He talks in the same gruff monotone whether he’s been being beaten (a criminally too short scene), offering comfort to a dying comrade or exchanging romantic pleasantries with his love interest. He talks like the Hollywood voiceover man from the 60s and 70s. The one who invites you to come see the next Warner Brother’s [or whatever] spectacular in that voice that makes it sound morally imperative that you come to the cinema right now and have your life changed by the experience. You know the type of voice I mean. Now imagine that voice reciting a fragile poem by e.e.cummings and utterly ruining it, utterly disembowelling it with the barbarism of its relentlessly galloping speech rhythm. Now you have Keanu telling his lady love that he will search for her through a thousand worlds, through 10 thousand lifetimes. He spits the poetry out like a half chewed hamburger. In his mouth it becomes pure American gristle and the gentle lotus flower breeze of the Japanese love-story curls up and dies in the blast from his meaty breath.

And he has but one facial expression. The bearded grimace. That is it. All the way through the film. He grimaces. From behind his inexplicably dirty looking beard.

Death: grrr! Sadness: grrr! Fighting: grrr! Male bonding: grrr! Standing still and not talking: grrr!

And then, at the end, he becomes an honorary Samurai and gets to kill himself – along with the other Samurai – with full, painfully tragic honour.

In that single moment Bushido becomes bullshit and the entire point of the film is utterly destroyed.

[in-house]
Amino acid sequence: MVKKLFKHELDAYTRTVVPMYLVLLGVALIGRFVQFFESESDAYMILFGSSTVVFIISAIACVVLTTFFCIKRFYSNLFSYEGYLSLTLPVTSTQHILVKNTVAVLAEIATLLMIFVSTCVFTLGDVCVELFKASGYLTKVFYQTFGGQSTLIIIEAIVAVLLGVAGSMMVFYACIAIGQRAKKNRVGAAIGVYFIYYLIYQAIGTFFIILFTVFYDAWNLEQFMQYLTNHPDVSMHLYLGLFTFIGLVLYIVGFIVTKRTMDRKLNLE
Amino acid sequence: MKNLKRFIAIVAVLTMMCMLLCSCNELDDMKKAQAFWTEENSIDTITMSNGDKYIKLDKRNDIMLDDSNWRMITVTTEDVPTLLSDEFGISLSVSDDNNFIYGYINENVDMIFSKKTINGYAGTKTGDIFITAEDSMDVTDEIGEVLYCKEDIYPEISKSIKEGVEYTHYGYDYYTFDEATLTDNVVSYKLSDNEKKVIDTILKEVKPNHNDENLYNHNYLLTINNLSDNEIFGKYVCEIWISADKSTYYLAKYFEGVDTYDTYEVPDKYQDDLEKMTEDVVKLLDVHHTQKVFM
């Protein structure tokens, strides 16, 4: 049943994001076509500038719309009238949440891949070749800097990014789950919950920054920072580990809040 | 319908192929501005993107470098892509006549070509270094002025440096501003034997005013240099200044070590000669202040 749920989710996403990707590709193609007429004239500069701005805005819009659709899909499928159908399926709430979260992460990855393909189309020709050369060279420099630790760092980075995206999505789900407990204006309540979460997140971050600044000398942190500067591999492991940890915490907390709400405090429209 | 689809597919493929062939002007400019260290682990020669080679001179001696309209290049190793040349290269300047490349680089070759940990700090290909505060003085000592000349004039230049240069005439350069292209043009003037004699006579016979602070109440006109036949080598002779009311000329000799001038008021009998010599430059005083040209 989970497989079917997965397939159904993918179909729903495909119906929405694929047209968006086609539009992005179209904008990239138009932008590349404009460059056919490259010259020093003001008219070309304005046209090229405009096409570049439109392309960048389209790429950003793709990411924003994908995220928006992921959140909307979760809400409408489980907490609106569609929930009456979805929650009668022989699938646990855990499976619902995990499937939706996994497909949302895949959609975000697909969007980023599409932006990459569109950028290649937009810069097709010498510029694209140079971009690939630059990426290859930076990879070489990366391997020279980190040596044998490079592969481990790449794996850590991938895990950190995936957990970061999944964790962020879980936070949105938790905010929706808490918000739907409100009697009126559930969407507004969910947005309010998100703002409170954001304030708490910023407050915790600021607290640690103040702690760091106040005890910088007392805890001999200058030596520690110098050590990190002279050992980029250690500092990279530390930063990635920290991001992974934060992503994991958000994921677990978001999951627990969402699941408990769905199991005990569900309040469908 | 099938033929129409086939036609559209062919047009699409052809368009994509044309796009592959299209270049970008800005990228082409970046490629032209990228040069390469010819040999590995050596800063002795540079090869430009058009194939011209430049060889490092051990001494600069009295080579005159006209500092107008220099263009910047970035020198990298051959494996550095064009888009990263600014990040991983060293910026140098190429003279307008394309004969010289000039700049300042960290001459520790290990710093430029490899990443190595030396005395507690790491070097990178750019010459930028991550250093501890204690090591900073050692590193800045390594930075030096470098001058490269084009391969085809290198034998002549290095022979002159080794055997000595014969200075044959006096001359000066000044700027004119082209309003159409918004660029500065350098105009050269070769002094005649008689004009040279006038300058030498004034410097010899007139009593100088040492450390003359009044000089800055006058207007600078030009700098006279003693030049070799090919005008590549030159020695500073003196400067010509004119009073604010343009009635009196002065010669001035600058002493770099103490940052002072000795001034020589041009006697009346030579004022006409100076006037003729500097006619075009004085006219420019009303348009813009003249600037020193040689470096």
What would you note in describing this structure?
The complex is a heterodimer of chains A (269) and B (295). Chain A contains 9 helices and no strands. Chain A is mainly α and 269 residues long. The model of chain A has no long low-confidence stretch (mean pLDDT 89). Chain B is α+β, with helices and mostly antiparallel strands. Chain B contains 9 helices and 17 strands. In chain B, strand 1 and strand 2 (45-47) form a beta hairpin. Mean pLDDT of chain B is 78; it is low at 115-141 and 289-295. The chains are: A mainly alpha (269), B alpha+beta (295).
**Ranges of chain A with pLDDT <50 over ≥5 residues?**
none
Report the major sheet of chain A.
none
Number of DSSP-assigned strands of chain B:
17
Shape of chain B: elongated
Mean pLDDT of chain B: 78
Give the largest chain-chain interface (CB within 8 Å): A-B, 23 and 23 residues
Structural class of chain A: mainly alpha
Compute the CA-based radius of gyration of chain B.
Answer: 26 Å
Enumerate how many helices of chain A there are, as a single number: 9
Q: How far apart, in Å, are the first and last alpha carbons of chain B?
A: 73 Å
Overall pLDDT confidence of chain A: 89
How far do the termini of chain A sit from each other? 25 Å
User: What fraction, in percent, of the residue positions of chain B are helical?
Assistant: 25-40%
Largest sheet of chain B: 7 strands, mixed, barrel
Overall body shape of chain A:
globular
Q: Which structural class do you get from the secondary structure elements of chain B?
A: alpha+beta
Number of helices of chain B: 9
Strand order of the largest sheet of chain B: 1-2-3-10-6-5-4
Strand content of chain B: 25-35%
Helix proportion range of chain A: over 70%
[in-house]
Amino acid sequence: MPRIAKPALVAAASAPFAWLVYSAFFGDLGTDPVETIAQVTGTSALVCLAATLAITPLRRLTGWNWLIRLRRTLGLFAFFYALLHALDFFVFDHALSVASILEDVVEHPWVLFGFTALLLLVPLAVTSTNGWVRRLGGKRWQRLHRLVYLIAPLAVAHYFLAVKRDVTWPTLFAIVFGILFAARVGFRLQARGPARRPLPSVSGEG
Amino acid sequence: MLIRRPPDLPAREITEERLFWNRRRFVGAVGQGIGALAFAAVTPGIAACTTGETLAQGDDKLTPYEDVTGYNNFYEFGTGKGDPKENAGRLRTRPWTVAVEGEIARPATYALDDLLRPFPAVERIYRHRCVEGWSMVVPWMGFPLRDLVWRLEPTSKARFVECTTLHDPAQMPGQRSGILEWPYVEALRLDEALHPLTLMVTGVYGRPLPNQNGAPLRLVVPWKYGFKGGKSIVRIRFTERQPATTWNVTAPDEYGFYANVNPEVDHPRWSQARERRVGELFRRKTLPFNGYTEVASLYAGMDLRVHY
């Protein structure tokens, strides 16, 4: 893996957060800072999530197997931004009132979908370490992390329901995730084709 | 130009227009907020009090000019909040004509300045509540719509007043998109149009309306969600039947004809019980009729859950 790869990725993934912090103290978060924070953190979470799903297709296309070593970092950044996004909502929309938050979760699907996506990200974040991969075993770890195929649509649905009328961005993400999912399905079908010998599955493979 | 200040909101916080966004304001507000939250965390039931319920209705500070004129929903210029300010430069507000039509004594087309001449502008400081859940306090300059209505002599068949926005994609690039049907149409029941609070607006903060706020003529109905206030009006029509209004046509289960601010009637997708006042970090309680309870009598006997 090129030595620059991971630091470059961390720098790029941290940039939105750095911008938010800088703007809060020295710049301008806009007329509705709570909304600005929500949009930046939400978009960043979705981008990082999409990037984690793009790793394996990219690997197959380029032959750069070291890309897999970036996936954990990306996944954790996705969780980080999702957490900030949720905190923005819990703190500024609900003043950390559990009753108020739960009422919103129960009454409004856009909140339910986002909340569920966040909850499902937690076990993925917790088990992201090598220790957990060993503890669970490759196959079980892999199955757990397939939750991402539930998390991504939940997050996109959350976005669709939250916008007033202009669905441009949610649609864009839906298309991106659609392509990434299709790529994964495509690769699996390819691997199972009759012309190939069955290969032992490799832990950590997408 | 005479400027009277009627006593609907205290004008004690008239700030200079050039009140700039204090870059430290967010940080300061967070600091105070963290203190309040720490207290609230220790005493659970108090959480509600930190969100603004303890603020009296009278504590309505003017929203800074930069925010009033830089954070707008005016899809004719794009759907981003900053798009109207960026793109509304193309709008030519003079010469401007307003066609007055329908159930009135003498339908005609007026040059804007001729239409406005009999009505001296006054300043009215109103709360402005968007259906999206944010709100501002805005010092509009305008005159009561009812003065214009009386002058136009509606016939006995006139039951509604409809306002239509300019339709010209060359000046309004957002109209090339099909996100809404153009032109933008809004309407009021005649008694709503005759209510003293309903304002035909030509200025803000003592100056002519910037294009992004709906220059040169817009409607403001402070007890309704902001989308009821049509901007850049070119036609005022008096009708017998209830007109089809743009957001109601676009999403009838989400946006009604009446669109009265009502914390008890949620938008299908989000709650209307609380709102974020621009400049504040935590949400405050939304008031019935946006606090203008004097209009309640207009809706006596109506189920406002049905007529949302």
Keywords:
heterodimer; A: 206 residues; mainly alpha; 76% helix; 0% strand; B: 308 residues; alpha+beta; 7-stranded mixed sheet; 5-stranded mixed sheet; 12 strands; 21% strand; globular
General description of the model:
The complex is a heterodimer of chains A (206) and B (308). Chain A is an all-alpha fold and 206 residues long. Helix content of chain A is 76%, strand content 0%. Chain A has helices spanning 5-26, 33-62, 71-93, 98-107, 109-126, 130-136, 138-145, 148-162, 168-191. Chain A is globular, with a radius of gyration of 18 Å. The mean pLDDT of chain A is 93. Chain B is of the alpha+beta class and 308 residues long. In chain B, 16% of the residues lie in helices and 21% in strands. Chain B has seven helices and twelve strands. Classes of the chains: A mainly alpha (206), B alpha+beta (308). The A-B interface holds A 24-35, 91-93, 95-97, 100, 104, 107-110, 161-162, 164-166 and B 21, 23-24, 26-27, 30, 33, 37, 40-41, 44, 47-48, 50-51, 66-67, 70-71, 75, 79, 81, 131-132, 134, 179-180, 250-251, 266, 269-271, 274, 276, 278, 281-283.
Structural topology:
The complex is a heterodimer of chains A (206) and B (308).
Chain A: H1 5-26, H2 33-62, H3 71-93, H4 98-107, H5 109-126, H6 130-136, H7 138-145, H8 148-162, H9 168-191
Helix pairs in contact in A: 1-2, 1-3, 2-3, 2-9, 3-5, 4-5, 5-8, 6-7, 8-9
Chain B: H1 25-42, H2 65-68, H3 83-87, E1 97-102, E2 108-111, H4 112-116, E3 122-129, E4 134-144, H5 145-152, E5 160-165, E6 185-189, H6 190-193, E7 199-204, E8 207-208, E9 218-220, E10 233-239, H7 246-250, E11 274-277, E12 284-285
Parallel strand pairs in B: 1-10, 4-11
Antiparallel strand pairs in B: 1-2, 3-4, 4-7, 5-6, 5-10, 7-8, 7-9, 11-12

Because, in my view, Keanu has no honour. Keanu is not a Samurai.

Not by a long chalk.

But he has more chance of becoming a Samurai than becoming an actor.

In fact he has more chance of becoming Japanese.


11 comments:

Gorilla Bananas said...

It sounds if Keanu was trying to copy David Carradine in being the half-breed who's as mystical as the full-breed. Maybe he didn't succeed, but I'm surprised you didn't stick up for your fellow beardie. At least I won't need to see the movie now that you've reviewed it.

Steve said...

Gorilla Bananas: a beard is no guarantee of my loyalties. As both Lenin and Gerry Adams will tell you. And Brian Blessed.

John Gray said...

As a geek who did a film degree
I loved this

Steve said...

John: the film or my review? Please clarify. ;-)

Nota Bene said...

Have I seen a Keanu film since The Matrix that I've liked? No I don't think so….

Steve said...

Nota Bene: "since The Matrix"? I'm sure you'll find he was shit in films before that...

The Poet Laura-eate said...

Well what do you expect for £1 from the pound shop?

Barry Coidan said...

"demand their own deaths via seppuku" It's a bit like having to change at Crewe?

I don't know why you don't simply buy the box set of Morse and Lewis.

Steve said...

Laura: either Dirty Dancing or Big Trouble In Little China.

Barry: that's very insulting to Japanese sensibilities. Crewe has no place in Bushido. It really has no place in Ordinance Survey to be honest.

Keith said...

Keep seeing this on the shelves at Sainsbury's. And every time I think of you and your disappointment.

Steve said...

Keith: much better to be thinking of me than thinking of Keanu, believe me.